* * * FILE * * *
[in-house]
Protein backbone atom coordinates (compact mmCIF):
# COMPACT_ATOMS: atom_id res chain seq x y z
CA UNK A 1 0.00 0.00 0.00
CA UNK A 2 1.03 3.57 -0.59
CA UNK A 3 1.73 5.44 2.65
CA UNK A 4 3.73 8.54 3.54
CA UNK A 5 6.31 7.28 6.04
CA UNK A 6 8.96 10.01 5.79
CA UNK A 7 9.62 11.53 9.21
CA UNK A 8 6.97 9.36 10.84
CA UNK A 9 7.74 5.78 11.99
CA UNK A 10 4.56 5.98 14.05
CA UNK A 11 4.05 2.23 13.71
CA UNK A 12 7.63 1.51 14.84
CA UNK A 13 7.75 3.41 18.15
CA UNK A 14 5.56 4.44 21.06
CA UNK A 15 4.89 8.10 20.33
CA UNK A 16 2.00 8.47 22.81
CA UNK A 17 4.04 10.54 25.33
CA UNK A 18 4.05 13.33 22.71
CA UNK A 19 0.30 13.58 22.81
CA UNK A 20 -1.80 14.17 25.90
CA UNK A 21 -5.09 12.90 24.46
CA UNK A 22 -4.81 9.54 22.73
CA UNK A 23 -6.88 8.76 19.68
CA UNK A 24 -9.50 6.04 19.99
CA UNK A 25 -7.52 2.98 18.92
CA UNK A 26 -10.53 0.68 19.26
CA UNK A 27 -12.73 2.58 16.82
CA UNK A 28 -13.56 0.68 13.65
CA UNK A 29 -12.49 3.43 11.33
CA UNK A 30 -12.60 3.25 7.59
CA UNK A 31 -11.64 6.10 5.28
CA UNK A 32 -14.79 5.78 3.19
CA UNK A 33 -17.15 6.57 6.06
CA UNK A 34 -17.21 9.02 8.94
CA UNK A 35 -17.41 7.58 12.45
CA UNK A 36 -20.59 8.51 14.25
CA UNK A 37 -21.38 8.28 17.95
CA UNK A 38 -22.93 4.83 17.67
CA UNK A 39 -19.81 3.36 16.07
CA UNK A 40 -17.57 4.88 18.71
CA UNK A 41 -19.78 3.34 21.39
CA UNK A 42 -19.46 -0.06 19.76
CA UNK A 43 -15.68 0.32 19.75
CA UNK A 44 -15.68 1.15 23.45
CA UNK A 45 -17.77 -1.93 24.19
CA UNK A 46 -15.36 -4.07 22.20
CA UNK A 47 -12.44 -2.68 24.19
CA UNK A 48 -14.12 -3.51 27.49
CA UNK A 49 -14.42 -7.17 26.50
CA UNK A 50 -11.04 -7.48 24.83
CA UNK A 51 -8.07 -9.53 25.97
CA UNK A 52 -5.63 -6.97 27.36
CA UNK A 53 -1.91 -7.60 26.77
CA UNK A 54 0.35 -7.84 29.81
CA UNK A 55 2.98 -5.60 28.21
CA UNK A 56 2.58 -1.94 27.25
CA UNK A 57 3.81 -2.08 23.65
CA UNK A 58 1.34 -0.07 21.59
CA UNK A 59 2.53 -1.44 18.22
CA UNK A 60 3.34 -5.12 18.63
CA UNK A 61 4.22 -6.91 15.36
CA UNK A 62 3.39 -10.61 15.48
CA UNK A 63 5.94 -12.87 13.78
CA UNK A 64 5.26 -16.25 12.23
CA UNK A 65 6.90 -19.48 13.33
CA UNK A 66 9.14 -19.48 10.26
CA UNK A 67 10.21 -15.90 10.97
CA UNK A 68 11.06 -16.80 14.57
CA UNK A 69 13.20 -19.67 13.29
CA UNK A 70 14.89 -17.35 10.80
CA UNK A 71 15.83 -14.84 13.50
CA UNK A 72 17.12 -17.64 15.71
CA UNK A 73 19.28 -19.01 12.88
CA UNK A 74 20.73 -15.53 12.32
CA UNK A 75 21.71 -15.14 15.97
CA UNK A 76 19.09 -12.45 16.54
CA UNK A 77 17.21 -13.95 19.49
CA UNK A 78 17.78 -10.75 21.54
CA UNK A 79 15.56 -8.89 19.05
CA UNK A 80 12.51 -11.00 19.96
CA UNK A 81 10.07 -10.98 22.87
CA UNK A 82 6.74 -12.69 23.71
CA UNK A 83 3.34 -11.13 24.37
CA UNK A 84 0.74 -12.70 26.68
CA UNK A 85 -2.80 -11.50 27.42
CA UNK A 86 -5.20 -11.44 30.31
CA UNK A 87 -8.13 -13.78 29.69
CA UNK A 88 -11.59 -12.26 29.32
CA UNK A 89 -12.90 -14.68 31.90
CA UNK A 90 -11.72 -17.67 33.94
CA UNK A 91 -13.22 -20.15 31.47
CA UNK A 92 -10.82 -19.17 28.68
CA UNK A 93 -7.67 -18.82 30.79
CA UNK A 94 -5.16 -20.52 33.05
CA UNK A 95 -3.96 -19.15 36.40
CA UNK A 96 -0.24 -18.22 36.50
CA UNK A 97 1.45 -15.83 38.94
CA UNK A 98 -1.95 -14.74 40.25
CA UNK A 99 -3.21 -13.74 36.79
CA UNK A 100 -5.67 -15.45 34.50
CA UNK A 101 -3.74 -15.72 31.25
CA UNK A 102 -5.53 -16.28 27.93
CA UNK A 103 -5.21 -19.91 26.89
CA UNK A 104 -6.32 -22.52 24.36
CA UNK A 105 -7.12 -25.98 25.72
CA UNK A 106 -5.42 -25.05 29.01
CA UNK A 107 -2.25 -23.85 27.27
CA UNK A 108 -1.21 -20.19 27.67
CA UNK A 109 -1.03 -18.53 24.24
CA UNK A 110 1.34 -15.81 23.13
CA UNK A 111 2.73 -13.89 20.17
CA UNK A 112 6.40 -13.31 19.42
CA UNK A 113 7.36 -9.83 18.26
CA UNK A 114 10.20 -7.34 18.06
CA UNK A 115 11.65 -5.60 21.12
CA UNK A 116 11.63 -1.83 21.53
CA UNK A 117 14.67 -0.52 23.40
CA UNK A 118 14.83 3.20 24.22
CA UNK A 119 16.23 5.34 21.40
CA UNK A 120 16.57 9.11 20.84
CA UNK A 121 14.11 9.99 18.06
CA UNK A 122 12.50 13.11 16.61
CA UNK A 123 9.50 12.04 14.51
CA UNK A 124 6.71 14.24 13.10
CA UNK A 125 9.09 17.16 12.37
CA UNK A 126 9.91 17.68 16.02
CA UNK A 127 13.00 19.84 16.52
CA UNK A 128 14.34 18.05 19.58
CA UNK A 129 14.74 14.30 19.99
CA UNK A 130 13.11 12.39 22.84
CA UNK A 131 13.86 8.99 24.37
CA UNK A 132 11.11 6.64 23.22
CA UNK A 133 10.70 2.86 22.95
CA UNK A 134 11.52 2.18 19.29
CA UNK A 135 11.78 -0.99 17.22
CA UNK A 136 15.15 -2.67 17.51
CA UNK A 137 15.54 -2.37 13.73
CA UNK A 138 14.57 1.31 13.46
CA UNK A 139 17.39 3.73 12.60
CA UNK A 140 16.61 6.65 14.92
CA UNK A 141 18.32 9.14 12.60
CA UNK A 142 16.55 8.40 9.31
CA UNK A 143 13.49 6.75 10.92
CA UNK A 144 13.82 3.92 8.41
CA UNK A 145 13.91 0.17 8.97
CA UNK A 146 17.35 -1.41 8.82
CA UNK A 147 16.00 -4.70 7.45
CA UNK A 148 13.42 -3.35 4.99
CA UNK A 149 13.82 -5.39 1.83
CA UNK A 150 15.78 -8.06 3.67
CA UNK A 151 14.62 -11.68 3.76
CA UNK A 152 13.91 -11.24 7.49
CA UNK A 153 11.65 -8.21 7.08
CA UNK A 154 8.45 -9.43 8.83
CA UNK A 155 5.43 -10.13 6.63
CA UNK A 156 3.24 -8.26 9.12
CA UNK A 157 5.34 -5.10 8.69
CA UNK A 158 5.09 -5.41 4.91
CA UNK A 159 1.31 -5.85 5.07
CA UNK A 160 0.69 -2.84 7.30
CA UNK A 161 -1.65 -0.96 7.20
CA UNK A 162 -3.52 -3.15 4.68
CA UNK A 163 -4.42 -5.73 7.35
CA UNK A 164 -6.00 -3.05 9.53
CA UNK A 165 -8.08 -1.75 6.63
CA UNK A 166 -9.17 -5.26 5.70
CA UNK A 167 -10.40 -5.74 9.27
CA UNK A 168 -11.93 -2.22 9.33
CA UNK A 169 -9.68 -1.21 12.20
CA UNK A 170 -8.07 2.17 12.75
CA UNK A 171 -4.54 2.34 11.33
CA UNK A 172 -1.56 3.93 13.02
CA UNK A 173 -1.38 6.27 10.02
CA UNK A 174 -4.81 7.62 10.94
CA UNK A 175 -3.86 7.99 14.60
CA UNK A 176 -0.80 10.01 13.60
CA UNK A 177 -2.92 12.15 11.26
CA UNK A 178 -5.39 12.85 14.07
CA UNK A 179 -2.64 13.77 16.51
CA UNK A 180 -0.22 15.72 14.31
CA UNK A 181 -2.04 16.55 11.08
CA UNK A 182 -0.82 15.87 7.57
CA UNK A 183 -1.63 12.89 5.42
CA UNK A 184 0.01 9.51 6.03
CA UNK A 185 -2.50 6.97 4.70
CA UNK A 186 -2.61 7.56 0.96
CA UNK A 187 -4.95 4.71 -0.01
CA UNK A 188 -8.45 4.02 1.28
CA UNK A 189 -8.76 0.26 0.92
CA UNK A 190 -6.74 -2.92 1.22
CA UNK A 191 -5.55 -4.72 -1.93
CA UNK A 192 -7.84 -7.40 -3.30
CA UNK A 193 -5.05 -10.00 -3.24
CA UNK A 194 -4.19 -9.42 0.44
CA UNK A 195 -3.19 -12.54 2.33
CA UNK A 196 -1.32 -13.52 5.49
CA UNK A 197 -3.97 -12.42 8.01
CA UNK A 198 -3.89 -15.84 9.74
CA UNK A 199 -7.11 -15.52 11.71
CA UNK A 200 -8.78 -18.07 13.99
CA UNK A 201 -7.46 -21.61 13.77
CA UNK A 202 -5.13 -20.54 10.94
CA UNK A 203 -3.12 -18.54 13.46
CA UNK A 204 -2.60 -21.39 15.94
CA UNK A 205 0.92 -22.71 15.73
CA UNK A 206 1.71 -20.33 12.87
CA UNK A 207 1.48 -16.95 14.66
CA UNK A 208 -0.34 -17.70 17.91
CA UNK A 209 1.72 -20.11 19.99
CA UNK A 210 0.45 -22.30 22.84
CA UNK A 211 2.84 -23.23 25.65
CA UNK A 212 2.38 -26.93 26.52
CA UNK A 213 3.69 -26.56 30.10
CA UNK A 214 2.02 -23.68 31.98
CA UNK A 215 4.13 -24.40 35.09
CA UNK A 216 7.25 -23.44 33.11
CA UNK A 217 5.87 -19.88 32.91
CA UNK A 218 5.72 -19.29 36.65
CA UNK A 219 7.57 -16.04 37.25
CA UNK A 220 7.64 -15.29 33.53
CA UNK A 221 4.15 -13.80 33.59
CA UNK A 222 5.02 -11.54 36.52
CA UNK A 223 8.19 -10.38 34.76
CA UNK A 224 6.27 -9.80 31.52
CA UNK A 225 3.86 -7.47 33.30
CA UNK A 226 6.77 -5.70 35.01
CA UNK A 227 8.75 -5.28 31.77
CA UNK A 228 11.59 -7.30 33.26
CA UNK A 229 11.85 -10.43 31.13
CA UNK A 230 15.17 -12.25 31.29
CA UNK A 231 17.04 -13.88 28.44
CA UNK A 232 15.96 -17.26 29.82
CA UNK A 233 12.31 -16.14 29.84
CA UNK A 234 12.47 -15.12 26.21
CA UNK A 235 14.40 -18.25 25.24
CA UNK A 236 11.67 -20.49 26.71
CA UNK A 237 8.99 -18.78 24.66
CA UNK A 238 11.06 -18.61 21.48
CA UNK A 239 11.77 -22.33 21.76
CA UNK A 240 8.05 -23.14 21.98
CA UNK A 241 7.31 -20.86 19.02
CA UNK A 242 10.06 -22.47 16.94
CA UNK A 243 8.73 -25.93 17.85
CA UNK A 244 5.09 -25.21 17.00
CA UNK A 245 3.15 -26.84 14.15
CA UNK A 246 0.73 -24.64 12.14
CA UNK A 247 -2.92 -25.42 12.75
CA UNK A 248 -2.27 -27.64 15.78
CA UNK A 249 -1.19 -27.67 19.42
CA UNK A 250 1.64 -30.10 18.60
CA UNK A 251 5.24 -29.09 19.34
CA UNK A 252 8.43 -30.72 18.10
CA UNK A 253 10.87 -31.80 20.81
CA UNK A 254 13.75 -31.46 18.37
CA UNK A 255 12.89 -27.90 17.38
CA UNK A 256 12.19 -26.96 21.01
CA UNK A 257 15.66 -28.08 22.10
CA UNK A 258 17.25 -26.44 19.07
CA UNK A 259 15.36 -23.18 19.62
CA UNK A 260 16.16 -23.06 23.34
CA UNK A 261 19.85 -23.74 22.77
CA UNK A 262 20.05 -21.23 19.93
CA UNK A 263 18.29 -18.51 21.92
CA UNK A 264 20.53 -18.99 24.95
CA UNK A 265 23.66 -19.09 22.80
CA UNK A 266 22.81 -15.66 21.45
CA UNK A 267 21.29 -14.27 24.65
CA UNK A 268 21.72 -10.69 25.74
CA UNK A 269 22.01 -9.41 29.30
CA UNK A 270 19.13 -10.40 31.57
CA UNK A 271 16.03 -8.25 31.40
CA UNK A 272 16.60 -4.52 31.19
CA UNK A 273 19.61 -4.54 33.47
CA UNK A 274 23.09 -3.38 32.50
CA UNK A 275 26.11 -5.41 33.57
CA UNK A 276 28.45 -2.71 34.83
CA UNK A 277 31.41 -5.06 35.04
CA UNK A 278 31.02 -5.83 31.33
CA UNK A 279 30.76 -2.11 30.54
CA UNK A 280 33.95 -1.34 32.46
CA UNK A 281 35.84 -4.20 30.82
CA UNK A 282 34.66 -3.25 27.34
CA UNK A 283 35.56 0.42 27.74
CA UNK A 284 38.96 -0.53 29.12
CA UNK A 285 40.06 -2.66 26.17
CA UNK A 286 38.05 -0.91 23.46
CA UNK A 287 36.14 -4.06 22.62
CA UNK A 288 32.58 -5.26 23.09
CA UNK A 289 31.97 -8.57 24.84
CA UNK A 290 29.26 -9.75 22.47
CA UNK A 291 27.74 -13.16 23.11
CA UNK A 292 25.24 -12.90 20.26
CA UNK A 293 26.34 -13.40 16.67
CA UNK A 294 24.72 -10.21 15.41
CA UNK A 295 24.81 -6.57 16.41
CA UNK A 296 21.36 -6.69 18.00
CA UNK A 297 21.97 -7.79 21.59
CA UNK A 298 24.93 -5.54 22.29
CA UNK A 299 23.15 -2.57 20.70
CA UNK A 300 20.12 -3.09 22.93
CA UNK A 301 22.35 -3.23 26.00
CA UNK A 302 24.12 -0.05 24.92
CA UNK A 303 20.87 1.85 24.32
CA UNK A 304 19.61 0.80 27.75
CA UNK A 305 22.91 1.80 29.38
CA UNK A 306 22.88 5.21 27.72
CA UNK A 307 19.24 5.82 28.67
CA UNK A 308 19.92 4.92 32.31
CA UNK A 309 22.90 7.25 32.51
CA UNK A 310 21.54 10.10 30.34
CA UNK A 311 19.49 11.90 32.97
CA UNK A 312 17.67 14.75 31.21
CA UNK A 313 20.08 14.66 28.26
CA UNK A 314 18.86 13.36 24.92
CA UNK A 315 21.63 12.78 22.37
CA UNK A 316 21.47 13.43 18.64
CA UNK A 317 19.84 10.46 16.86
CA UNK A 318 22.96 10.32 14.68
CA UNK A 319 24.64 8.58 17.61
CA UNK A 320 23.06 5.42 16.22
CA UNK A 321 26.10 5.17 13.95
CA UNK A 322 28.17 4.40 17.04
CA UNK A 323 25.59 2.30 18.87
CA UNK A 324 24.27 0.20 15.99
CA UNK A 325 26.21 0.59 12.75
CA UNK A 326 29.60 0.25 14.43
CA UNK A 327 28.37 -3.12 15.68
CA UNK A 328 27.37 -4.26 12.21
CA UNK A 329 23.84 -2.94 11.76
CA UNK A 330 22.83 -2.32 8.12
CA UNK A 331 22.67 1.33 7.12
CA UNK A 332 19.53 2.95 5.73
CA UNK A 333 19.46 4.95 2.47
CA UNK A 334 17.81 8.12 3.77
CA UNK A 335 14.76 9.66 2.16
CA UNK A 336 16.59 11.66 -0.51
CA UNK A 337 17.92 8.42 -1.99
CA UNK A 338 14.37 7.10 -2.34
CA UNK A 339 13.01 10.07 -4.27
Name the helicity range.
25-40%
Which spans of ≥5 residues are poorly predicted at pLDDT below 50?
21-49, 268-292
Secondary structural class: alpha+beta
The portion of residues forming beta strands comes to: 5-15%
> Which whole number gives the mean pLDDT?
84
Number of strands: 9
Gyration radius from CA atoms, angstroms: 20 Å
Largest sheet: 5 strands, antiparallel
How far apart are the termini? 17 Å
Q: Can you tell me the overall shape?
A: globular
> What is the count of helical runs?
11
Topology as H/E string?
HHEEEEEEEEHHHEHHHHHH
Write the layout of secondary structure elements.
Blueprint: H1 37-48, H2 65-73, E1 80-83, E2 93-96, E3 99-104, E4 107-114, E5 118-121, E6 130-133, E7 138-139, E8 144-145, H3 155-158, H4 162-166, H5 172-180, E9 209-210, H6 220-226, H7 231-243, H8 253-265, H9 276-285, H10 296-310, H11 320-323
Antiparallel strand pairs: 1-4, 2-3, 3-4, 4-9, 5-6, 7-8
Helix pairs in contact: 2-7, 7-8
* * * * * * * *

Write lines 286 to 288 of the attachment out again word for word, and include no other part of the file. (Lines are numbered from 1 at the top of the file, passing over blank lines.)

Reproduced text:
CA UNK A 283 35.56 0.42 27.74
CA UNK A 284 38.96 -0.53 29.12
CA UNK A 285 40.06 -2.66 26.17